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It goes without saying that the film industry got hit with a bomb this year in the form of COVID-19. The closing of theaters has forced studios and production companies to make serious decisions, and while effects have been evident in the short term, the ripple effect is expected to last for years. Prognosticators can only guess what's going to happen in the near future, but one business that's taking proactive action is the Walt Disney Company, as it was announced today that a corporate restructure is developing in the media and entertainment divisions that will see a more concentrated focus on streaming content.

According to CNBC, the corporation is looking to push its direct-to-consumer strategy, and in the effort to make that happen it has formed a new organization that will control content distribution, ad sales, and Disney+ under one roof. Speaking about the shift, CEO Bob Chapek said in an interview that the move isn't a direct result of the impact that the on-going pandemic has had on the entertainment industry, but instead one that is essentially hastening what was already their long-term plan. Said the executive,

I would not characterize it as a response to Covid. I would say Covid accelerated the rate at which we made this transition, but this transition was going to happen anyway.

It goes without saying that this move is likely going to seriously spook the movie theater industry – and the timing isn't particularly great given how it was just announced in the last week that the upcoming Pixar movie Soul will be skipping domestic theatrical distribution and instead will be made available to Disney+ subscribers starting on Christmas Day.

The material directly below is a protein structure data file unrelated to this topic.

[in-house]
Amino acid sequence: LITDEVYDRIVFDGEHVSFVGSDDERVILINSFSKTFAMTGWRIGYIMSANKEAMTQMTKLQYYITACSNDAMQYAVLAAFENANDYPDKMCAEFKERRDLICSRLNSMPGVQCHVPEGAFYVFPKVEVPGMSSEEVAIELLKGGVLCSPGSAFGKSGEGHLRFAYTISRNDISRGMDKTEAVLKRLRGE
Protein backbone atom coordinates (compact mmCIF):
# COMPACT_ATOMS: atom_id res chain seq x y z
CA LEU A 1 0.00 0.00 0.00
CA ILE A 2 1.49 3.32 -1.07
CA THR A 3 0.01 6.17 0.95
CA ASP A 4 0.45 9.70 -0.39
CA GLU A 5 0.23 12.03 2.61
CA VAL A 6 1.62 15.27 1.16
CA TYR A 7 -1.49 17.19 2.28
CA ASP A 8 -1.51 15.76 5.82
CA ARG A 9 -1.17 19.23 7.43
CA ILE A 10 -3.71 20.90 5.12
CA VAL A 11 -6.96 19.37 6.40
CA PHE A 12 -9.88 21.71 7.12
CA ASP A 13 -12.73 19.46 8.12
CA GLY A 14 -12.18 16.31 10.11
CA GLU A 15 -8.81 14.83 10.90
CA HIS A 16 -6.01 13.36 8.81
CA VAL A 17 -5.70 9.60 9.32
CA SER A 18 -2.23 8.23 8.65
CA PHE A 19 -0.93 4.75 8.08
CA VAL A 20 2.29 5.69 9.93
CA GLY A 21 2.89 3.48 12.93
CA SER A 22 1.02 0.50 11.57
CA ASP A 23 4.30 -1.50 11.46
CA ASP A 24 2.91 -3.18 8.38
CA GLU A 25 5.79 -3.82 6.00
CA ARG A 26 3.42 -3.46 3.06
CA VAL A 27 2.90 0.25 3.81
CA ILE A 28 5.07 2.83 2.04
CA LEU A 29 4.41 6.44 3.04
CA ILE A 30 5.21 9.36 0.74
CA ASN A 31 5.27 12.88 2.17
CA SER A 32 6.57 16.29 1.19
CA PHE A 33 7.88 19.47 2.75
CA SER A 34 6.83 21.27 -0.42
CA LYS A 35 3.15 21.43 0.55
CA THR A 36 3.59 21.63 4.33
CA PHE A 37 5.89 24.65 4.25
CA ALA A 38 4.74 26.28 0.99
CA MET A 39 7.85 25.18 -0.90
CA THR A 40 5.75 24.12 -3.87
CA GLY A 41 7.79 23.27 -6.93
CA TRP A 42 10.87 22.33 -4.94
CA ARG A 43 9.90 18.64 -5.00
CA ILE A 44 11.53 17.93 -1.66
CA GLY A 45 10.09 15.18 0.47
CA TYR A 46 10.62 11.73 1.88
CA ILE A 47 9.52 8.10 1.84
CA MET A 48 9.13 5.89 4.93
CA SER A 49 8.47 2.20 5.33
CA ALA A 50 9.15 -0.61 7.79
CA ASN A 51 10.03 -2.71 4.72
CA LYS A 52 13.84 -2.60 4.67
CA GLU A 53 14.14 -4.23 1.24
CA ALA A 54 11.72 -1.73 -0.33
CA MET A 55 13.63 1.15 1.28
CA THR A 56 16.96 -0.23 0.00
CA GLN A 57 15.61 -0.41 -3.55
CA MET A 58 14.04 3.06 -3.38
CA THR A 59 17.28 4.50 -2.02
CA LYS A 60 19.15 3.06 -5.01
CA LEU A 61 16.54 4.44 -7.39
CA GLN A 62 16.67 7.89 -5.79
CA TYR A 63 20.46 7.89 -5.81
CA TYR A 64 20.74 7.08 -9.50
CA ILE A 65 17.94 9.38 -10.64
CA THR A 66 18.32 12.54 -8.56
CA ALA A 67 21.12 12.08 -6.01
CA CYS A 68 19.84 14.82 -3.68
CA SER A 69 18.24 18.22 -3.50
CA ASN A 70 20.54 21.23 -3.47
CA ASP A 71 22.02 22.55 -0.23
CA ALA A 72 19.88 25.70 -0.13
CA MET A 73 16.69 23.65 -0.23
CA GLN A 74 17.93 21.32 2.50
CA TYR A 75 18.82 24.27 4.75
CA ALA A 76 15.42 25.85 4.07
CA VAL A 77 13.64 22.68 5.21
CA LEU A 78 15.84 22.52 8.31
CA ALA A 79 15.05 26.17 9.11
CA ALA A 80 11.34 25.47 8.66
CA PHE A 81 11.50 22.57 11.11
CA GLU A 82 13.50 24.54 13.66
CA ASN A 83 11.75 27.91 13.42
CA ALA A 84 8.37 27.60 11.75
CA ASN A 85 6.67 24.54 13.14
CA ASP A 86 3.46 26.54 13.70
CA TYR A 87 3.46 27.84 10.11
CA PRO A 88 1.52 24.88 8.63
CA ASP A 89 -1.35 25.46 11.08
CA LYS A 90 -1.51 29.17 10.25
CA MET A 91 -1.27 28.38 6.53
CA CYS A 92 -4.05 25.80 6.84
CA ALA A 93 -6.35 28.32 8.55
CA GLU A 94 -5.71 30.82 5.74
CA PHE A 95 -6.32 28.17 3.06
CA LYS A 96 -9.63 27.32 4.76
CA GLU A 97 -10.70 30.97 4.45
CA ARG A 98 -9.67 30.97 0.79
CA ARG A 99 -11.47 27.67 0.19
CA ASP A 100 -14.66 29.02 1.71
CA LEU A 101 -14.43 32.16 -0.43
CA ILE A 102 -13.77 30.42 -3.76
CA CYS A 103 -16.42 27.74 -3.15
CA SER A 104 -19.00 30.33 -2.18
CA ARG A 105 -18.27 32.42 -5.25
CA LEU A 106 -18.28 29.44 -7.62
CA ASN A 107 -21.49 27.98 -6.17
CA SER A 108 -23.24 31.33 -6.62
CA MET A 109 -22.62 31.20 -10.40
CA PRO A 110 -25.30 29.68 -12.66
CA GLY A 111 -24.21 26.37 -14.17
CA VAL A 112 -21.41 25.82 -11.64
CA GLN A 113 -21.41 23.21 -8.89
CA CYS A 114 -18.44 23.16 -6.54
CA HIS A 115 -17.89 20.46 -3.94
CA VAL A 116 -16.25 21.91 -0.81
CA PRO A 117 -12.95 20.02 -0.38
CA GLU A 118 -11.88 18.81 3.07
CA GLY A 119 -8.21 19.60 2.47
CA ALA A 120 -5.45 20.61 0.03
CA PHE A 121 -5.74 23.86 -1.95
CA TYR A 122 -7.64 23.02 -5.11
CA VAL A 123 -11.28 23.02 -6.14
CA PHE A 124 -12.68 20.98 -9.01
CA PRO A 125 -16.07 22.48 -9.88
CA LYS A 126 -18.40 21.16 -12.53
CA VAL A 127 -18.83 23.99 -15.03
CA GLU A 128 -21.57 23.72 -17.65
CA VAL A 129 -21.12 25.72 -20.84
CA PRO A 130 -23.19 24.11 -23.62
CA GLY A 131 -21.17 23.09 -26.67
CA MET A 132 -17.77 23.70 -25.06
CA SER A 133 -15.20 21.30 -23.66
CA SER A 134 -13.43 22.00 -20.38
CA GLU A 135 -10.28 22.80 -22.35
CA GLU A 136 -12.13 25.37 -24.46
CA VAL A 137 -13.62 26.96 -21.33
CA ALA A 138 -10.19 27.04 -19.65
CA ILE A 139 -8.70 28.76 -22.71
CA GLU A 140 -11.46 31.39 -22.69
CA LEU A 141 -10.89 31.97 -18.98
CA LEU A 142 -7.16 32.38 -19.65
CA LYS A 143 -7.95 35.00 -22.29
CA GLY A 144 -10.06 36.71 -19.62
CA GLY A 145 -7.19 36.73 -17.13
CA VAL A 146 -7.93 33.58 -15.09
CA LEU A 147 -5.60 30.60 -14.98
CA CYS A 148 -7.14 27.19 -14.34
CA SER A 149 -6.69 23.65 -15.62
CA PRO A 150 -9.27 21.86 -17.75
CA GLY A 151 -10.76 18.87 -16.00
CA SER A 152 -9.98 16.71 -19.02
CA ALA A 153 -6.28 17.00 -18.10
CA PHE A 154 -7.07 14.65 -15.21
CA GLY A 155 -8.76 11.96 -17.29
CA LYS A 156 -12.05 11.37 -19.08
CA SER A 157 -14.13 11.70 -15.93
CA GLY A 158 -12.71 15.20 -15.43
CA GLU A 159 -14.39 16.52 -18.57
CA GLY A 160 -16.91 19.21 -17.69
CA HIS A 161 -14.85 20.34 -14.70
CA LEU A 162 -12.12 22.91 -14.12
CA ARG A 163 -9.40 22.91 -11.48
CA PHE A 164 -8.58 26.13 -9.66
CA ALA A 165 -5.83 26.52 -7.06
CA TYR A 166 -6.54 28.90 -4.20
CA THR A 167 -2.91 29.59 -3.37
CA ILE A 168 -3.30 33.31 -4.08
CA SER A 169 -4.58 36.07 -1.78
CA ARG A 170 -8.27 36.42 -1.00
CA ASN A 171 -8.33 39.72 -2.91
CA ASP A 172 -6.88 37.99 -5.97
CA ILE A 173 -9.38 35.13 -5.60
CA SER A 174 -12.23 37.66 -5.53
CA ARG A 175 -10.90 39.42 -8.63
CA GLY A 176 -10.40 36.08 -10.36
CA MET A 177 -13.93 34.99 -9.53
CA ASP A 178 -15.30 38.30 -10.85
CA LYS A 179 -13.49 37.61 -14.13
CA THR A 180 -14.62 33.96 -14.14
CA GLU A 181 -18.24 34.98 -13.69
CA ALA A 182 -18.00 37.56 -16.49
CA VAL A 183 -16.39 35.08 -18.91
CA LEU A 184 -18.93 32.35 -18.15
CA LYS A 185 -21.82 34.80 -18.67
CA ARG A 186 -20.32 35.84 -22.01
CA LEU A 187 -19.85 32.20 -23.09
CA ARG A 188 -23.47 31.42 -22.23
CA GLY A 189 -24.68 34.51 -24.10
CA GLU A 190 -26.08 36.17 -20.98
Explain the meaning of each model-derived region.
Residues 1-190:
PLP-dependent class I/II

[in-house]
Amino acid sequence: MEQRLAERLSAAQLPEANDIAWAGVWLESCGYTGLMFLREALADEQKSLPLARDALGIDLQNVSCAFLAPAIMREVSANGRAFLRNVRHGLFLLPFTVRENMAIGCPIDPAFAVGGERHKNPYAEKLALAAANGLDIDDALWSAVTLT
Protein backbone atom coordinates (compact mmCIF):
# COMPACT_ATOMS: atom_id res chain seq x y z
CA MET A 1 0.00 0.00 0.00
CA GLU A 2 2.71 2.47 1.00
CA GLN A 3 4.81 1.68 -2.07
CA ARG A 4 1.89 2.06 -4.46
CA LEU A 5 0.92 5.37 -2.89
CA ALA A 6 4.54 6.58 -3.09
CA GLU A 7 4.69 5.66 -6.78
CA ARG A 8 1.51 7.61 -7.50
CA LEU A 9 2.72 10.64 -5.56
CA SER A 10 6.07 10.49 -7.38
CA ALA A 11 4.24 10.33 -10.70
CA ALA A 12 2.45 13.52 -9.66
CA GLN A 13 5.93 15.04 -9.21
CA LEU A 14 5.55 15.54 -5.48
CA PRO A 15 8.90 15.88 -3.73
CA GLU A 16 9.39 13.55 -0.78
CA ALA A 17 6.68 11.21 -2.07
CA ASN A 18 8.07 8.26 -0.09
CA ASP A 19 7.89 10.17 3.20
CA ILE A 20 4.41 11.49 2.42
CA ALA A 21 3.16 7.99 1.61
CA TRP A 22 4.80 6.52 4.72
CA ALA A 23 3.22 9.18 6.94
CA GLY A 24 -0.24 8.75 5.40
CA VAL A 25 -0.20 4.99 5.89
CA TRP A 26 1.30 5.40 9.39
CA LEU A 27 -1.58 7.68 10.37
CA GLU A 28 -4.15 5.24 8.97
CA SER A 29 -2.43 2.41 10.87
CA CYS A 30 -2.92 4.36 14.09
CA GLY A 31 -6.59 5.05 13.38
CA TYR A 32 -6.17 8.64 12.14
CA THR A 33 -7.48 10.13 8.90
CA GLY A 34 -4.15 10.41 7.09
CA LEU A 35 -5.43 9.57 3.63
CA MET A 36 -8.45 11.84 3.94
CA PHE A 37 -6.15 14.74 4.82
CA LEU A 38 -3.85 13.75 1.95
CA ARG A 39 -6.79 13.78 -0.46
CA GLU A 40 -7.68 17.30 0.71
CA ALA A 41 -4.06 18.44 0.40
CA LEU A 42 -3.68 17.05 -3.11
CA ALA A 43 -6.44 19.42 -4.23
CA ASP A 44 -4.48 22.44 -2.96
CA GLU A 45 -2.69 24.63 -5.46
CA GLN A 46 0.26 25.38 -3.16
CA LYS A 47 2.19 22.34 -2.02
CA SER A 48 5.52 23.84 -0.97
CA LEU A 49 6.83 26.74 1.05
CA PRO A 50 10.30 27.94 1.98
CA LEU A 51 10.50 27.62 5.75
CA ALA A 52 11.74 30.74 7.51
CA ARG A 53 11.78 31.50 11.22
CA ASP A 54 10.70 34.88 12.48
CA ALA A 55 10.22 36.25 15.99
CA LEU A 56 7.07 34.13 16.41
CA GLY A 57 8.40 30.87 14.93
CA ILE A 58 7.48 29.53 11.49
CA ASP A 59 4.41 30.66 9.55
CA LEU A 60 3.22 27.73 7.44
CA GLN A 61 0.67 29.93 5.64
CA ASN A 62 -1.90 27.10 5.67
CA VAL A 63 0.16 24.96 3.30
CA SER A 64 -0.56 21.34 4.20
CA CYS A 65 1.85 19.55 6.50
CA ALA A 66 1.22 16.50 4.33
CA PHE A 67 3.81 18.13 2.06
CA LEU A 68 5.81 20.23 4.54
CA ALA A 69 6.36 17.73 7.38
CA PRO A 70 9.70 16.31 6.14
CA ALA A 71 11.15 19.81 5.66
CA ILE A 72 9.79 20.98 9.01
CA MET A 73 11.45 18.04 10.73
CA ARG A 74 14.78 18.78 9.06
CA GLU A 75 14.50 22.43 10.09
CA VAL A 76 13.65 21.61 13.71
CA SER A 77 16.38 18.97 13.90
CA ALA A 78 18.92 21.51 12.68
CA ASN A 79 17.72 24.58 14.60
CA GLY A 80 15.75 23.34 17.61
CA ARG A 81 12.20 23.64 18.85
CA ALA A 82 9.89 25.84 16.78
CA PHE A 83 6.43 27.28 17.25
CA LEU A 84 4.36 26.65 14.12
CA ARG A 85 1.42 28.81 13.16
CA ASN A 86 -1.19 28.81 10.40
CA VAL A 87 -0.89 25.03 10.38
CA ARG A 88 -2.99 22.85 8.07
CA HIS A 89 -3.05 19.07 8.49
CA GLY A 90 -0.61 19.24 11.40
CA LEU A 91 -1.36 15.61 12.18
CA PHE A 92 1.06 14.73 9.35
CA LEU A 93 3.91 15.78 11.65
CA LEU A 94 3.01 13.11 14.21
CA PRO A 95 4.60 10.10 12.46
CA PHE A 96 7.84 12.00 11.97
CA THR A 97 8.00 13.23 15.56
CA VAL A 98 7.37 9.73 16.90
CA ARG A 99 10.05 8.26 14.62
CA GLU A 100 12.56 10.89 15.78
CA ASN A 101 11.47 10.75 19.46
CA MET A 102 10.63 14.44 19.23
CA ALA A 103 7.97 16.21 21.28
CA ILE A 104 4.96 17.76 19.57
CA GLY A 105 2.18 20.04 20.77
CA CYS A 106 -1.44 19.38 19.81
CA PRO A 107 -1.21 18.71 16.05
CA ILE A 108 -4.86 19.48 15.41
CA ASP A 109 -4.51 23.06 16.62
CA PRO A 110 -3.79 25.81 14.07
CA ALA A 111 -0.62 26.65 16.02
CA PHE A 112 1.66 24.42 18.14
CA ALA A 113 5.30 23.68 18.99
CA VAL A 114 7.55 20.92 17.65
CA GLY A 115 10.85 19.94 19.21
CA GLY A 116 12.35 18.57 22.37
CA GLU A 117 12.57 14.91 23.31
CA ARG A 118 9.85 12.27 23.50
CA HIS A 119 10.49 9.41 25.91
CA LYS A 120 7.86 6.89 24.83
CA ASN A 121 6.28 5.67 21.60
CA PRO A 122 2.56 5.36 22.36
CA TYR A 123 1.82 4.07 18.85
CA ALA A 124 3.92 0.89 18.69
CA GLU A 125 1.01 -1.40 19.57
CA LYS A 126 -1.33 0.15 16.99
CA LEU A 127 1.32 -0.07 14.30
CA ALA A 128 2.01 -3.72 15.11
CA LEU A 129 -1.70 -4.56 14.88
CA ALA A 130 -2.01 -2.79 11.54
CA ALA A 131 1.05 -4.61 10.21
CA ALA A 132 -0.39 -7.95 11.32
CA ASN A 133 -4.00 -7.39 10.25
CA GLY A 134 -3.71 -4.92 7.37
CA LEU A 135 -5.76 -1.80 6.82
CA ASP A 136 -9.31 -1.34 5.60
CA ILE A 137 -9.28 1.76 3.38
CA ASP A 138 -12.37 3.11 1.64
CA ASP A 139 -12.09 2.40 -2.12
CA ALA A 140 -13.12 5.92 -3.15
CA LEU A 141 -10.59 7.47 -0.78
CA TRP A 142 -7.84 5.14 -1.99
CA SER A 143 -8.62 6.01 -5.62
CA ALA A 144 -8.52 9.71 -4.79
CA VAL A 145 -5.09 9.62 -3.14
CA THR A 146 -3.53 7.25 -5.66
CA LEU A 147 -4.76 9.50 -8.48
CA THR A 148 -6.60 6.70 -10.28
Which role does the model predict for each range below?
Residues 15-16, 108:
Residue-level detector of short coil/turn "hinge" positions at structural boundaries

The particular significance of it being Disney making this move is the fact that no other studio has had the kind of success that they have had in the last decade with blockbuster releases. Between Marvel Cinematic Universe movies, Star Wars, Walt Disney Animation titles, Pixar, and the series of live-action remakes of animated classics, there are few companies regularly producing nine-figure global releases. There's no expectation that the House of Mouse will totally give up on the big screen experience for their biggest movies, but close eye will be kept on how this restructuring influences their larger development strategy for new projects.

Disney's different streaming services, including Disney+, Hulu and ESPN+, have 100 million paid subscribers, and that number is only expected to grow as more high profile releases become available (such as The Mandalorian Season 2, which will start airing at the end of this month, and the MCU's WandaVision, which is expected in December). Disney+ in particular has been a game-changer since its launch last year, and it looks like its influence on the industry is only just starting.

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